Indian Express

15 Nagaland booths see more than 100% turnout, EC orders probe

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Polling at a booth in Dimapur on April 9. (PTI archive) Polling at a booth in Dimapur on April 9. (PTI archive)

Can a polling station record more votes than the number of voters listed under its jurisdiction?

Although the Election Commission says it is technically possible, it is in no mood to take chances and has begun probing allegations of largescale rigging in many polling stations in Nagaland, 15 of which have recorded a voter turnout of more than 100 per cent.

Nagaland voted on April 9 to elect its lone Lok Sabha MP. Of the total 2,059 polling stations, as many as 48 are alleged to have witnessed a voter turnout of 100 per cent or more. Of these 48, as many as 15 recorded a turnout of more than 100 per cent.

Against its 117 registered voters, the Satheri polling station, for instance, polled 144 votes. Similarly, the polling station at Kiyetha recorded 168 votes against its total registered number of 155. The polling station at Nihoshe, with 350 registered voters, polled 358 votes. Amahator polled 786 votes against its registered 780.

“Nagaland has recorded an overall high voter turnout of 89 percent. That some of the booths have seen more than 100 per cent voter turnout could have happened because of the votes cast by government personnel on poll duty by using their election duty certificates,” deputy election commissioner Sudhir Tripathi told The Indian Express.

“Government employees who are posted on booth duties are entitled to cast their votes at the same booth by using their election duty certificates. Personnel who are on the move on the poll day are allowed to vote anywhere in a constituency. All of these votes are cast through EVMs,” Tripathi explained.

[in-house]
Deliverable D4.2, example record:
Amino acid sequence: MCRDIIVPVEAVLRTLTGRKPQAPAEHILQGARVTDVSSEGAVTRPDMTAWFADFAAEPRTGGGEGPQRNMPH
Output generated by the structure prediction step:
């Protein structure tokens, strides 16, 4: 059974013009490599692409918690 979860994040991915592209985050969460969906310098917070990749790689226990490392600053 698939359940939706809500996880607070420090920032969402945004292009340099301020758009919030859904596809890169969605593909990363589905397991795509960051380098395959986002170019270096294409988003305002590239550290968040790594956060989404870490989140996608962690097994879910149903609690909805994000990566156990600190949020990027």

This, he said, could have given an impression that more than the registered number of voters ended up voting at a booth.

He, however, added that although this “more than 100 per cent” voting was technically possible, it was yet to be ascertained if that is what actually happened in Nagaland. “We are getting an inquiry done,” he said, adding that none of the candidates had raised any issue during the scrutiny a day after the polls.

Nagaland’s Chief Electoral Officer Sentiyanger Imchen echoed Tripathi.

“It is true that many booths have recorded a turnout of more than 100 per cent. But it is because of the votes cast by employees on poll duty who used their election duty certificates. We have informed the EC about this,” he said.

Crying foul, the Congress has already made a representation to the Election Commission and accused the Naga People’s Front, which fielded incumbent Chief Minister Neiphiu Rio as its candidate, of having indulged in bogus voting and rigging.

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